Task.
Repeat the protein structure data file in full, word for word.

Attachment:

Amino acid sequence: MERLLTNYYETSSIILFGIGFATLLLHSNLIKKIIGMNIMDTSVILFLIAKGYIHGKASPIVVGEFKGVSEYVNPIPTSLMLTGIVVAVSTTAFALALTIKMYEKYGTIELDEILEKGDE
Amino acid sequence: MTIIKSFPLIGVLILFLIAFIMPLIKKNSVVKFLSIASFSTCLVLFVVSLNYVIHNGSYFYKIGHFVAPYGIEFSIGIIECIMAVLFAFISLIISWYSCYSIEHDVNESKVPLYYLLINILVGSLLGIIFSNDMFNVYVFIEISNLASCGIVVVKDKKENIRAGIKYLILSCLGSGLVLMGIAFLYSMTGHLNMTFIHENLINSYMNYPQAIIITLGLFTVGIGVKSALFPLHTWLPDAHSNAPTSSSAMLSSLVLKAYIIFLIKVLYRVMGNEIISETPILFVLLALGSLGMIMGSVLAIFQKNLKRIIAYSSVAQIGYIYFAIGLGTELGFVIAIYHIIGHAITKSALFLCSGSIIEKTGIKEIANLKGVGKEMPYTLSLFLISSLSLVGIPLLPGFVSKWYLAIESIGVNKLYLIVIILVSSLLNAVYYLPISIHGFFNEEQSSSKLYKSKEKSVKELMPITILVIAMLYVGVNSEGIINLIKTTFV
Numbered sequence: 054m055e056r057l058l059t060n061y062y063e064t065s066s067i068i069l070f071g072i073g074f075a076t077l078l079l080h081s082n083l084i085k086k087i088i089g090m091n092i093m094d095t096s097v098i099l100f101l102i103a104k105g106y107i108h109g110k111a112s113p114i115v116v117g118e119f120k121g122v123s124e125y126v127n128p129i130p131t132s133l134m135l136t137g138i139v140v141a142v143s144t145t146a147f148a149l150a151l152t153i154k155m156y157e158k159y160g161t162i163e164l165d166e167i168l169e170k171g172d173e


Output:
Amino acid sequence: MERLLTNYYETSSIILFGIGFATLLLHSNLIKKIIGMNIMDTSVILFLIAKGYIHGKASPIVVGEFKGVSEYVNPIPTSLMLTGIVVAVSTTAFALALTIKMYEKYGTIELDEILEKGDE
Amino acid sequence: MTIIKSFPLIGVLILFLIAFIMPLIKKNSVVKFLSIASFSTCLVLFVVSLNYVIHNGSYFYKIGHFVAPYGIEFSIGIIECIMAVLFAFISLIISWYSCYSIEHDVNESKVPLYYLLINILVGSLLGIIFSNDMFNVYVFIEISNLASCGIVVVKDKKENIRAGIKYLILSCLGSGLVLMGIAFLYSMTGHLNMTFIHENLINSYMNYPQAIIITLGLFTVGIGVKSALFPLHTWLPDAHSNAPTSSSAMLSSLVLKAYIIFLIKVLYRVMGNEIISETPILFVLLALGSLGMIMGSVLAIFQKNLKRIIAYSSVAQIGYIYFAIGLGTELGFVIAIYHIIGHAITKSALFLCSGSIIEKTGIKEIANLKGVGKEMPYTLSLFLISSLSLVGIPLLPGFVSKWYLAIESIGVNKLYLIVIILVSSLLNAVYYLPISIHGFFNEEQSSSKLYKSKEKSVKELMPITILVIAMLYVGVNSEGIINLIKTTFV
Numbered sequence: 054m055e056r057l058l059t060n061y062y063e064t065s066s067i068i069l070f071g072i073g074f075a076t077l078l079l080h081s082n083l084i085k086k087i088i089g090m091n092i093m094d095t096s097v098i099l100f101l102i103a104k105g106y107i108h109g110k111a112s113p114i115v116v117g118e119f120k121g122v123s124e125y126v127n128p129i130p131t132s133l134m135l136t137g138i139v140v141a142v143s144t145t146a147f148a149l150a151l152t153i154k155m156y157e158k159y160g161t162i163e164l165d166e167i168l169e170k171g172d173e